Reviewer: Frederic Beudot
Financial interests: click here
Digital Source: Auraliti PK90 USB file player / SOtM sDP-1000EX, Burson Conductor, Mac Mini/Audirvana, Accuphase DP55
Analog Source: VPI Scout 2.0, Dynavector 10X5mk4, Lounge phono preamp
Pre-amplifier: SOtM sDP-1000EX, Burson Conductor
Amplifier: FirstWatt F5, Triode Labs EL84TT integrated
Speakers: Ocellia Calliope .21 Twin Signature, Rogers LS 3/5a, Zu Essence
Cables: Zu Varial, Ocellia RCA cables, Absolute Fidelity speaker cables
Power Cords: Zu Mother, Ocellia power cables, Absolute Fidelity power cables
Powerline conditioning: Isotek Nova
Sundry accessories: Isolpads under electronics, ASI resonators and sugar cubes.
Room size: 21’x13’x7.4’.
Review component retail: Auraliti PK90 ($949) + Linear Power ($399)

Over the past decade, my digital journey has probably been no different than the one traveled by most our readers. Starting with increasingly higher-end CD players which in my case culminated in the Accuphase DP55 still used as a transport when needed, I then got lured into the SACD promise of digital convenience without glare. I owned or used on loan some of the best machines of the time, like the Esoteric X03se and the outstanding but to me unaffordable Esoteric P05/D05. Although SACD delivered on some of its promise, the remaining reliance on real-time access to disc-stored data and the mechanical imprecisions associated with spinning and reading said disc really made me aware that no matter how much money I’d throw at it, the technology was asymptotically converging towards a dead end. So-called memory players and the increasing use of DVD-player mechanics to enable multi-reads of the same data did provide a view of what things could be if we moved away from a playback process involving any kind of mechanically moving parts. The following years saw the explosion of computer audio in many forms. This followed divergent paths as is always the case when a new frontier opens up. I remember quite well my first review of a Weiss Firewire DAC and getting the distinct feeling that somewhere down the road, this would be the way to greater accuracy. The Weiss suffered its share of challenges as any of those early DACs did: dedicated drivers, not necessarily well-understood jitter sources and the impact those timing errors could have on a reproduction process that was in reality not all digital. The demise of Firewire precipitated by Apple who—then champions of Firewire over USB—moved to Thunderbolt instead forced the industry at large into the unique direction of audio over USB. This in turn allowed significant advancements like asynchronous data transfers where the computer does not dictate (and interrupt) the transfer rate or timing of transfer to the DAC, significantly reducing one of the primary sources of jitter. Later came higher data density, allowing for more accurate digitalization of analog masters and less destructive filtering of reconstituted analog waveforms. Couple that with the development of more and more powerful chips with all manner of digital filtering built in; the rebirth of non-oversampling yet high-resolution capable circuits; advanced chips and FGPAs; and you have a fairly good idea of the leaps and bounds which transformed digital playback in just the last five years.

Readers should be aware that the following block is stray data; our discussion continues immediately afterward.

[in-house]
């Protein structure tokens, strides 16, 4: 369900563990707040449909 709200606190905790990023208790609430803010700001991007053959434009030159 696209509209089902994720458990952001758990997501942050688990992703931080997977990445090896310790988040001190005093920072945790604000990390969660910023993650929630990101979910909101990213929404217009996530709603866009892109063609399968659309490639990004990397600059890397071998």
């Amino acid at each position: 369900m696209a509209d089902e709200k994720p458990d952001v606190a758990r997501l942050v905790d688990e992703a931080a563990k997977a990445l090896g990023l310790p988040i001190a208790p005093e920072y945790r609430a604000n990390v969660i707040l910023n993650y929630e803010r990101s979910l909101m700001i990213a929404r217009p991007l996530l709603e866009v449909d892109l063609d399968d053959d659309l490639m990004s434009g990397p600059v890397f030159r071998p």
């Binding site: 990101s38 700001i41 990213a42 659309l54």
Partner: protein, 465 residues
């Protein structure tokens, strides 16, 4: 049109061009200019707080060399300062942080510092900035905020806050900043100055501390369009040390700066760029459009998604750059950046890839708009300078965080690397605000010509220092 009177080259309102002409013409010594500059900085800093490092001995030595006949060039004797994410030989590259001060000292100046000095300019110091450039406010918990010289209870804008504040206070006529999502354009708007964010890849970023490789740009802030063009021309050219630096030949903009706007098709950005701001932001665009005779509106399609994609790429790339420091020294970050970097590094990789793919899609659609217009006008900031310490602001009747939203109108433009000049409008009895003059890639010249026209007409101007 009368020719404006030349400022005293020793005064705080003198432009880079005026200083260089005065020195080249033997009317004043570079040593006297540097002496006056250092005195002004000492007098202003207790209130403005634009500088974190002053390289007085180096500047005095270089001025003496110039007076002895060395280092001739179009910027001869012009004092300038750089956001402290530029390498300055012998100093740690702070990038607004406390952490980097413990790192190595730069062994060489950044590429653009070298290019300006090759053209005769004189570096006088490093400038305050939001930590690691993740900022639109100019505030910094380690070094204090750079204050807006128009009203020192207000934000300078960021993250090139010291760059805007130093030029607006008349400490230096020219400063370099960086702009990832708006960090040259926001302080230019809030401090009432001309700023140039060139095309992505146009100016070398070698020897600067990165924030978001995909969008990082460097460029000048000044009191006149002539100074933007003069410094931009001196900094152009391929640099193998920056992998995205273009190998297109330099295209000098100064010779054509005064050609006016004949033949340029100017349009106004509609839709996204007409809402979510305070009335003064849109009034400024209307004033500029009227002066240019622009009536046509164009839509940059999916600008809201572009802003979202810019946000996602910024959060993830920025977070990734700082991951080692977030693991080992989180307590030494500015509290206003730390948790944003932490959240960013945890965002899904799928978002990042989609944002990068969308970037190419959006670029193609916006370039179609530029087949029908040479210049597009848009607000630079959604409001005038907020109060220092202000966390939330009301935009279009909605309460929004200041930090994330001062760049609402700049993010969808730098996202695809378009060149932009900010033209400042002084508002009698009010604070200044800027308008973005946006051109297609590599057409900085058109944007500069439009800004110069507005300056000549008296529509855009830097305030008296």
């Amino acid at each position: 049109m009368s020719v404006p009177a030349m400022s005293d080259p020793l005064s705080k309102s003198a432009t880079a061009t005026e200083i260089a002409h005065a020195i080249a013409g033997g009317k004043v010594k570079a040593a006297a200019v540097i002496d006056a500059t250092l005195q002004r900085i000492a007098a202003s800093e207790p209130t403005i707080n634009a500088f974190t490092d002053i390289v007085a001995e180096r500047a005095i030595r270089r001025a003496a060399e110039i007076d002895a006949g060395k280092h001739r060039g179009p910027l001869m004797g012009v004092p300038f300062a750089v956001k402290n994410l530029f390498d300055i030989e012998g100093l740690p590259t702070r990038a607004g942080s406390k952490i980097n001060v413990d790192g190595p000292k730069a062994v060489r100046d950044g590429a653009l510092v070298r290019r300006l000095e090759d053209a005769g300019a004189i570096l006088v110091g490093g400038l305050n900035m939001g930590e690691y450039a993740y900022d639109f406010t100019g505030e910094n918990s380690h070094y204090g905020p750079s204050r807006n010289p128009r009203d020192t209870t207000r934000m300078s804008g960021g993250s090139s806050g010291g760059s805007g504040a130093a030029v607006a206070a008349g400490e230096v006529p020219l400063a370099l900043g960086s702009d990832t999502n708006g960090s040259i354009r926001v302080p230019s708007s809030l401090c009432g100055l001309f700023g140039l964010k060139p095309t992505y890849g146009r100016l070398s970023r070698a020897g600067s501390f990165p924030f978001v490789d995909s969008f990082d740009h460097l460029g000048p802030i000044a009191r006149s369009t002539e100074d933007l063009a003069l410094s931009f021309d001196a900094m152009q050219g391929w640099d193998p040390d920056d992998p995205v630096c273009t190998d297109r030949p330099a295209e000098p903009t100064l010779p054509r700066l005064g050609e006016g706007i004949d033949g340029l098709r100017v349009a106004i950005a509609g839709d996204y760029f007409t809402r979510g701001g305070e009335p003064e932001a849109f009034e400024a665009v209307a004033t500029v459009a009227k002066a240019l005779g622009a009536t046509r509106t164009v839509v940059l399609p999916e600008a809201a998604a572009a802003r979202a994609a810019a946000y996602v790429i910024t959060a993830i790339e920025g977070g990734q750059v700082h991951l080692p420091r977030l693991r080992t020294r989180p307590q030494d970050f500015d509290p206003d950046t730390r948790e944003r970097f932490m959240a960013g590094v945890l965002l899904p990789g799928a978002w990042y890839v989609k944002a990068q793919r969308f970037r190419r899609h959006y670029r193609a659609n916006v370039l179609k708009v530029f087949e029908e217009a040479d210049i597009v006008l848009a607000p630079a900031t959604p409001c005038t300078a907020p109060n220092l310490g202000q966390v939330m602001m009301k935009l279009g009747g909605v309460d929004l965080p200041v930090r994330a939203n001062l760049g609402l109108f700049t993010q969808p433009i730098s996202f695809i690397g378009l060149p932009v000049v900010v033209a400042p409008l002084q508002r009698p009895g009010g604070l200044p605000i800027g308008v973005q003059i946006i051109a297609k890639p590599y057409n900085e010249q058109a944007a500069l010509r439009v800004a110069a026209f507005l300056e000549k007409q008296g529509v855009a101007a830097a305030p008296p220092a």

I would be remiss if I did not throw a few more items on top of this admittedly very incomplete list. DSD over USB is one of those latest additions which leaves many split about whether it is a marketing gimmick meant to extract more money from us foolish audiophiles; or a true advancement. I can say that I sit squarely in the middle on it. I love classical music. When I can get my hands on a DSD recording or quality transfer from tape, I often but not always hear an ease and a naturalness that I don’t quite hear in very high-resolution PCM files. It is not about more detail, more space or better imaging. It is about that very elusive sense of flow and ultimate lack of stress. Or maybe it is all in my imagination.